། TIBETAN MARK SHAD: Denotes the end of a piece of text called a tshig-grub, a unit that can't be compared with English phrases or sentences.
༎ TIBETAN MARK NYIS SHAD: Denotes the end of a piece of text called a don-tshan, a unit that can't be compared with English phrases or sentences. (Content authors may also just use two single shays together, if the spacing looks right)
In metrical texts, a double daṇḍa is used to delimit verses, and a single daṇḍa to delimit a pada, line, or semi-verse. In prose, the double daṇḍa is used to mark the end of a paragraph, a story, or section.
So then a
༎ nyis shad is a verse marker, essentially. No, that doesn't seem right. Because there seem to be multiple
། shad nested within a single
༎ nyis shad, like you would have a topic with sections nested inside of it. Or a chapter with verses.
The w3c goes on further to say:
Sections normally end with a shay, U+0F0D TIBETAN MARK SHAD
།, followed by a space. Topics (eg. headlines, verses, and longer paragraphs) are often terminated or separated with shay+space+shay [or
But then they add without deeper explanation:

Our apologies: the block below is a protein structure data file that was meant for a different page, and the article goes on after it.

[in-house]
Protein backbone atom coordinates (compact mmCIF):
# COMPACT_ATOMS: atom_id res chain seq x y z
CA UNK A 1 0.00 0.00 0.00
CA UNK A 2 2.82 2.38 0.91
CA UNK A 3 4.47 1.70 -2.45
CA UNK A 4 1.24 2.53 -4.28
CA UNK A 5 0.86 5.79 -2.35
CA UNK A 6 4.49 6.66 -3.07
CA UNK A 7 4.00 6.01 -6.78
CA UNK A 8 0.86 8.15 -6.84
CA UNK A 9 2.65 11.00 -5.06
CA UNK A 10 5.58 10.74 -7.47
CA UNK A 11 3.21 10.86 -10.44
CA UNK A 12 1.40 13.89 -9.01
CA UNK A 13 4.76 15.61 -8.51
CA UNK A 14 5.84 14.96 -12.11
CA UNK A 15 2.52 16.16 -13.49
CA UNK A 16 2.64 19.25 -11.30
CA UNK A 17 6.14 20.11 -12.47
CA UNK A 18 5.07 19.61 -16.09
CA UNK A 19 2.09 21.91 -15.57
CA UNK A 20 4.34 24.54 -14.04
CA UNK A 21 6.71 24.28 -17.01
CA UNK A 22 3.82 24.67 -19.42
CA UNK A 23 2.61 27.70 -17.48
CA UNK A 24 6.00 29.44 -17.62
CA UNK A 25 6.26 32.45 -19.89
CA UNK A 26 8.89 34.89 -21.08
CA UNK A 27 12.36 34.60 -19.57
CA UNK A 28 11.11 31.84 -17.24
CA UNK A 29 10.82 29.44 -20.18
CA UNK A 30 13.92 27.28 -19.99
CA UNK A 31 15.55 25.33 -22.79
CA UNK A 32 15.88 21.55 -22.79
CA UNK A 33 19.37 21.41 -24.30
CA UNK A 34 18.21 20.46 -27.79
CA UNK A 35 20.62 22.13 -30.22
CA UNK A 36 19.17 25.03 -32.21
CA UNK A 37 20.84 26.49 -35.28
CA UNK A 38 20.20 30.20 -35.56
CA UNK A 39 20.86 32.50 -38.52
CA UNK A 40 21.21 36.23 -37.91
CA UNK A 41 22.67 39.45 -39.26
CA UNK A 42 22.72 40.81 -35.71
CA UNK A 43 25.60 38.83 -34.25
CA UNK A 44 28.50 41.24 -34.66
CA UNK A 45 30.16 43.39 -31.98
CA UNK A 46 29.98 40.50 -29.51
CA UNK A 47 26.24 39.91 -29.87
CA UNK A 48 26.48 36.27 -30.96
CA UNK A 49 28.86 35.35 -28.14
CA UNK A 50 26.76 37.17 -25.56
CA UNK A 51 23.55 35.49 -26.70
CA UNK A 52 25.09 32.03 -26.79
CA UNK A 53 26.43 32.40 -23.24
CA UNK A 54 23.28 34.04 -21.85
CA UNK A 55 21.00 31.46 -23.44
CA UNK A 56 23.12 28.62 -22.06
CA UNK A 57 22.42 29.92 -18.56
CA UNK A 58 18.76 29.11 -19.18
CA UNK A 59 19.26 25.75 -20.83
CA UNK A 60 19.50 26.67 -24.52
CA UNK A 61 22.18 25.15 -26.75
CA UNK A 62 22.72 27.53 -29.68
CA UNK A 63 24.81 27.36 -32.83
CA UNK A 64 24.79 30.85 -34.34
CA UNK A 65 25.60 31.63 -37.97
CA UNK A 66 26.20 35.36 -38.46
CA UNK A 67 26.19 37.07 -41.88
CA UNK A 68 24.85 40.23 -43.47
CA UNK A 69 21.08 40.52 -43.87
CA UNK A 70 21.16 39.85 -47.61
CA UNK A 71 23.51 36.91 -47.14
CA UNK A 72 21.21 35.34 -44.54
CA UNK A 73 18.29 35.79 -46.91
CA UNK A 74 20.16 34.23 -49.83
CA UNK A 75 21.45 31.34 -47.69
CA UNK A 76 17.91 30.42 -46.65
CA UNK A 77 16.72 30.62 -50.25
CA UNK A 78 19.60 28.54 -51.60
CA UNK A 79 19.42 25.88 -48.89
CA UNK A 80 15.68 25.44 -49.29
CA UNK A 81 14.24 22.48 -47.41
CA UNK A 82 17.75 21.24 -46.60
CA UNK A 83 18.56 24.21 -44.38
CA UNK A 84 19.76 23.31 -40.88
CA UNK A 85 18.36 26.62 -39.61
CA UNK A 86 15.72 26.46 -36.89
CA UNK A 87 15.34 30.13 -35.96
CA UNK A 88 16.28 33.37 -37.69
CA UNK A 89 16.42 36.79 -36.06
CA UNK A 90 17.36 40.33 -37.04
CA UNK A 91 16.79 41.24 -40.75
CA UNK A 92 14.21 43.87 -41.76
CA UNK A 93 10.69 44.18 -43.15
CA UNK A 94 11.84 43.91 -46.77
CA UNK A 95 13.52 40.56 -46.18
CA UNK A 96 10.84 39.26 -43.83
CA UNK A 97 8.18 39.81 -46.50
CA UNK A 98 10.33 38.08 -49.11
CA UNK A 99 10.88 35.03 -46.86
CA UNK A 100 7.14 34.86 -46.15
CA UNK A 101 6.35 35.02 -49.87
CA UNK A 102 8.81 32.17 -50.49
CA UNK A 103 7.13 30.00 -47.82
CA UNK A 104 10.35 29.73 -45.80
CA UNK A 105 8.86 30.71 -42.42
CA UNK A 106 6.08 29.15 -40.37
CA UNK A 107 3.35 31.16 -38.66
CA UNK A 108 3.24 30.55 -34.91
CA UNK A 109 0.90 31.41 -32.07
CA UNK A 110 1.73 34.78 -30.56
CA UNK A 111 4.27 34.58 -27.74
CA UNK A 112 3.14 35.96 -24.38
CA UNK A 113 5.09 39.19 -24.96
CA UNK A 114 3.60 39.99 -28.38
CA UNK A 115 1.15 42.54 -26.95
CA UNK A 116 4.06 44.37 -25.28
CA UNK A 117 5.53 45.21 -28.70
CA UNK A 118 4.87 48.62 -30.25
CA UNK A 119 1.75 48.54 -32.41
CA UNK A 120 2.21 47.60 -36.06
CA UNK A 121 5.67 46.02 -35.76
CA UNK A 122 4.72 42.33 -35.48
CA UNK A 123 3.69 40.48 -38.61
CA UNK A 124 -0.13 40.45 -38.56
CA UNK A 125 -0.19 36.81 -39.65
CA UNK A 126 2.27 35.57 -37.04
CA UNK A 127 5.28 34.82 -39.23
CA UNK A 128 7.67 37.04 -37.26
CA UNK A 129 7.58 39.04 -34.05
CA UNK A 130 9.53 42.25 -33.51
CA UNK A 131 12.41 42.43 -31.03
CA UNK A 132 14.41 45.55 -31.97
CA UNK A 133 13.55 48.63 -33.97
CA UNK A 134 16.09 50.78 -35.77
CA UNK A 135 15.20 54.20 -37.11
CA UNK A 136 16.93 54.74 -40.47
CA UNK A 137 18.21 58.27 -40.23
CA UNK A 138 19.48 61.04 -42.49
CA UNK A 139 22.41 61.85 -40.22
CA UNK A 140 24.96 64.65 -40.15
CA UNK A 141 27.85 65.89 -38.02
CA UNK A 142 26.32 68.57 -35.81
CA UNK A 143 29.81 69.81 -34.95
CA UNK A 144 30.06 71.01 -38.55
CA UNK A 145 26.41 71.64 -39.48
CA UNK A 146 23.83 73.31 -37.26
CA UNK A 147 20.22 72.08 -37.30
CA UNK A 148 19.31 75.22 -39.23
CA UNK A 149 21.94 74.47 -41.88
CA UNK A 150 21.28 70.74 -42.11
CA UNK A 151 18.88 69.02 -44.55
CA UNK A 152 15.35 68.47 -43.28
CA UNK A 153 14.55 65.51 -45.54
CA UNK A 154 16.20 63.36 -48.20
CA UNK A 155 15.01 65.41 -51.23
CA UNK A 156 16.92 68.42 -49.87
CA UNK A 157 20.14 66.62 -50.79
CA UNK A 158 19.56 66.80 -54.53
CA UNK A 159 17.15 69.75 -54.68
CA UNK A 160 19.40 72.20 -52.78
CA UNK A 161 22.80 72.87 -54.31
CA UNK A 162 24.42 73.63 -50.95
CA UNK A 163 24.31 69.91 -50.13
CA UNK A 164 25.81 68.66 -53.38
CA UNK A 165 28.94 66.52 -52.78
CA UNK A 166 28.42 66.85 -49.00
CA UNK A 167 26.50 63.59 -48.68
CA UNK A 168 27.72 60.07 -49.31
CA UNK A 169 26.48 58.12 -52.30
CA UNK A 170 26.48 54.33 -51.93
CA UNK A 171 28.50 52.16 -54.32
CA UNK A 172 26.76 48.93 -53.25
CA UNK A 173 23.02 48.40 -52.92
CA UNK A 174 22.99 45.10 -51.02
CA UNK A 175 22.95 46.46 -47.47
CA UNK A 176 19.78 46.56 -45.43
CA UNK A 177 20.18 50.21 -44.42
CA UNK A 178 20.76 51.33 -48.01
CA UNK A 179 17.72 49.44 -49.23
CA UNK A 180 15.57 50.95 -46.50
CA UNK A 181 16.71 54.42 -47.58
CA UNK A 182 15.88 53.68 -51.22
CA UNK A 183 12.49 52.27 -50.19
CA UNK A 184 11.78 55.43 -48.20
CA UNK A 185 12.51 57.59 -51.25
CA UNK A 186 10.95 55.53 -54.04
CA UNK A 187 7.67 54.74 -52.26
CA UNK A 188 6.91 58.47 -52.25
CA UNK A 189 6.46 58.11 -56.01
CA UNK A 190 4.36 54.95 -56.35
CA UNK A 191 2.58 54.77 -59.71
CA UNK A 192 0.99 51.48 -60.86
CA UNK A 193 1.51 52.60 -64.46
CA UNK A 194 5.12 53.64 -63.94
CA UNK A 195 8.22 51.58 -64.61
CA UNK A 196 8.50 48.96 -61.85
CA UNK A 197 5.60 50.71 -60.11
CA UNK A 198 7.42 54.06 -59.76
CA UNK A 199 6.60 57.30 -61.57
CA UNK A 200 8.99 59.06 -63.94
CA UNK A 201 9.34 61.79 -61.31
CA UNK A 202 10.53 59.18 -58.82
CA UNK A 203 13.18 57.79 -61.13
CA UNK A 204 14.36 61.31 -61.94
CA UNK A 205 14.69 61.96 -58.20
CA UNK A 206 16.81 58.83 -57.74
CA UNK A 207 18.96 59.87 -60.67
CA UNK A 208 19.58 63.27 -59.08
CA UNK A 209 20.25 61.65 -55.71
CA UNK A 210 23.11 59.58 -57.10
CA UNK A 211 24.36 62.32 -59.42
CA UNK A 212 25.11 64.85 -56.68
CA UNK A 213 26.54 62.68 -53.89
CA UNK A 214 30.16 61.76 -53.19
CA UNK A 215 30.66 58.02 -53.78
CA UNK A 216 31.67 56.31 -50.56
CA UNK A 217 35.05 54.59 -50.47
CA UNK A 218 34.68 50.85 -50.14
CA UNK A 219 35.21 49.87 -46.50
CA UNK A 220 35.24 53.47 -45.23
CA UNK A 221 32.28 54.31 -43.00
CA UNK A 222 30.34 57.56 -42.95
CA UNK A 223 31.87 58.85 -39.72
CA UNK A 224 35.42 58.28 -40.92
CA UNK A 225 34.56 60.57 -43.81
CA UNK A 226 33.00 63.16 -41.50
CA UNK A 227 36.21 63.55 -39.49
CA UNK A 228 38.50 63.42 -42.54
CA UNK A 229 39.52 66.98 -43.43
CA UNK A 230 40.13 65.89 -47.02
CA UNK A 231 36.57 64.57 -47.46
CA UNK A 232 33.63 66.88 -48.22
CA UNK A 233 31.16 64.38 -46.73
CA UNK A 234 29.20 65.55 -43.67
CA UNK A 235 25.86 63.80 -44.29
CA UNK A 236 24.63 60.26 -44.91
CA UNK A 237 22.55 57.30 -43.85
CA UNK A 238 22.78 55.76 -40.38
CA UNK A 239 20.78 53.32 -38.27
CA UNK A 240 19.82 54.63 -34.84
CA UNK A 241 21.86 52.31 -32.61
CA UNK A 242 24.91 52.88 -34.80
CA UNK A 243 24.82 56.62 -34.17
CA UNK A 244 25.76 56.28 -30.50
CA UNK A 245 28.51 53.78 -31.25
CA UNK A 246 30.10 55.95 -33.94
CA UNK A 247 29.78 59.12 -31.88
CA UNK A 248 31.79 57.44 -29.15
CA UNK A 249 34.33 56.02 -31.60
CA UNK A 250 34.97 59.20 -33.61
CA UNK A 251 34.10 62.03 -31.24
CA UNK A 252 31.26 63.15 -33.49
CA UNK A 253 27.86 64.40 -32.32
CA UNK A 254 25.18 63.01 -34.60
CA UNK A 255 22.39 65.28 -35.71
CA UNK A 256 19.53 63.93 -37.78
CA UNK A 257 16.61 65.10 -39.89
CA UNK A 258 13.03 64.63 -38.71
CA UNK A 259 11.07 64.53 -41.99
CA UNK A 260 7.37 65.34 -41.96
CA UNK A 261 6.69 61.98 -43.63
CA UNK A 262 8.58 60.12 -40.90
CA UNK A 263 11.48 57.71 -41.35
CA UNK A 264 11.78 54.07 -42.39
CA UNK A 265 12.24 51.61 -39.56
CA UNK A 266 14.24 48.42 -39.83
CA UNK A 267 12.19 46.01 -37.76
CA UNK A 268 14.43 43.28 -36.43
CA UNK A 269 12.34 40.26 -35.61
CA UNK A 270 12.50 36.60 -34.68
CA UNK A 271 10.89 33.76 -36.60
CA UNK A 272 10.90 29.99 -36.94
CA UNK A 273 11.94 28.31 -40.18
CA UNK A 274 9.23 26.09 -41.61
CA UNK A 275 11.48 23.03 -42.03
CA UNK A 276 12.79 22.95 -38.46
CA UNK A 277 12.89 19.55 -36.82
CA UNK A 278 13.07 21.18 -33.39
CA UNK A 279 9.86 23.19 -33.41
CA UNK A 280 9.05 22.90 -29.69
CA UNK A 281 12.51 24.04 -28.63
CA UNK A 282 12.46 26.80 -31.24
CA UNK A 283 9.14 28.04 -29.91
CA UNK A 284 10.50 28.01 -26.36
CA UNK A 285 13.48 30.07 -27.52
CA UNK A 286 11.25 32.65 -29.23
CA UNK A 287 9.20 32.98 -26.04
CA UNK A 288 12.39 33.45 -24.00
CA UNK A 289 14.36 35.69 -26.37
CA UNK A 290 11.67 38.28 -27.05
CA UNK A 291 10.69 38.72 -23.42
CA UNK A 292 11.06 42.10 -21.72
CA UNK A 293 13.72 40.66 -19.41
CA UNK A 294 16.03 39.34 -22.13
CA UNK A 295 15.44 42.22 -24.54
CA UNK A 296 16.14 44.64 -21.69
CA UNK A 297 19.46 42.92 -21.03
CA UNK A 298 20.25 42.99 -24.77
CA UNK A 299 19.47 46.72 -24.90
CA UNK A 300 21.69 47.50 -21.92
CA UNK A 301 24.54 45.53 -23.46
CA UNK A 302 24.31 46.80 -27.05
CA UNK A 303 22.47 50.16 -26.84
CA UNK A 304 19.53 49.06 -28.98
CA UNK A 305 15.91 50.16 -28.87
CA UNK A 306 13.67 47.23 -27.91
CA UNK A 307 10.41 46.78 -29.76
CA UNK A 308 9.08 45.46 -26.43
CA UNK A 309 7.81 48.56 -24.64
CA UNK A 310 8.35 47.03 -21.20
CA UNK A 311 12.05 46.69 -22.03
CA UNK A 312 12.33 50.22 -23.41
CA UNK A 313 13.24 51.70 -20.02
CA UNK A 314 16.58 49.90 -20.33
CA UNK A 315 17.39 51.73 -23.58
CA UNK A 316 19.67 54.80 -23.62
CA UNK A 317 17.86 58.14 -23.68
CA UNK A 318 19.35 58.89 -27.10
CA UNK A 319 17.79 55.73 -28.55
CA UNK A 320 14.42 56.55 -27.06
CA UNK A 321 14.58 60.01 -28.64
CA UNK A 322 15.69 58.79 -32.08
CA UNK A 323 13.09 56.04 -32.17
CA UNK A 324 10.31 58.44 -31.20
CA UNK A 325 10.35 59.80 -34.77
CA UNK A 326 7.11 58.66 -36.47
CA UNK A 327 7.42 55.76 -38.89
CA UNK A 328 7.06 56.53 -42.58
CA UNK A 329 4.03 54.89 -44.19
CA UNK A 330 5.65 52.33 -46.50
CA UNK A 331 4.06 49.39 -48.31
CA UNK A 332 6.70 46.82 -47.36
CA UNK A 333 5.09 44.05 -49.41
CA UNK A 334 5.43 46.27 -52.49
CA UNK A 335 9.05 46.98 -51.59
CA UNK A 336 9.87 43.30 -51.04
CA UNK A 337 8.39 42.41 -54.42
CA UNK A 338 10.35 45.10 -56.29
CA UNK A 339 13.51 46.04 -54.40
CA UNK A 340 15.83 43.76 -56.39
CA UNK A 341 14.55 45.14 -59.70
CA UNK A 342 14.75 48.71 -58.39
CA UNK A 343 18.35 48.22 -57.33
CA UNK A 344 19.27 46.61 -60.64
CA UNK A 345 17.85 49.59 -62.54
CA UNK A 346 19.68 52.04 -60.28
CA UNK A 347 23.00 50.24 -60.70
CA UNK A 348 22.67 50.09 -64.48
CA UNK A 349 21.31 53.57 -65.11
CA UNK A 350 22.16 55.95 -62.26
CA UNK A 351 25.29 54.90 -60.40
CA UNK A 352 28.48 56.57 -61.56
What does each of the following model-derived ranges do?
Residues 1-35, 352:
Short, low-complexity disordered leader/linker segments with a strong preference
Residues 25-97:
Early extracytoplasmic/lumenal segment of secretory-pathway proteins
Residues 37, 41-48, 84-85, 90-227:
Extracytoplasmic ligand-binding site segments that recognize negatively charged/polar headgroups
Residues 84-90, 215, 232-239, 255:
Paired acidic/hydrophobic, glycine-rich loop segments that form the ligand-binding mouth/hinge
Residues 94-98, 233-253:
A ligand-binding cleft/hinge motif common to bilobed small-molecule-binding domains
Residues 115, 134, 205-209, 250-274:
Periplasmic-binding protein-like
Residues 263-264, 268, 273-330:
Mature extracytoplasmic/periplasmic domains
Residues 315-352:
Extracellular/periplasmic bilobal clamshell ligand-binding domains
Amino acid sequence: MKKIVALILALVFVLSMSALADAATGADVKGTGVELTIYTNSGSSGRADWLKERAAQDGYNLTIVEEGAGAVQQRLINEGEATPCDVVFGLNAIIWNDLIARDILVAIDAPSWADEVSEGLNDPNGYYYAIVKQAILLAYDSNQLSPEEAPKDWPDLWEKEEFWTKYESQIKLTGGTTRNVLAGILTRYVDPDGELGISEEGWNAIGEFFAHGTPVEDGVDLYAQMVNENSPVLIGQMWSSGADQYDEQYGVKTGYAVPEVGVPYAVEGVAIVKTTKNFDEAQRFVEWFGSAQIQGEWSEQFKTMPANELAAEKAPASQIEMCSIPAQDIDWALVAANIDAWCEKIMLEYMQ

Unicode provides U+0F0E TIBETAN MARK NYIS SHAD
༎as a means of regularizing the spacing between the two shad marks, which tends to be slightly bigger than a normal space. The space between the shad marks can be stretched during justification, however, and it's not clear how that would work when using NYIS SHAD.
So my question is, what is the nyis shad
༎ vs. just the shad
། vs. the shad-space-shad
། །. Can
། །? Is
། ། a "parent" grouping element above the plain shad
Also, what does it mean when the text has a double nyis shad? I have seen this in a few places:
foo༎ ༎bar baz༎ ༎hello world
What does that mean?
Finally, just for reference, from my understanding, the
༏ is a shad that also marks the beginning (or end?) or a page. Please correct if wrong.
The main questions though:
foo། །barequivalent (the same thing)?
- What is
༎like chapters and
།like verses to some degree?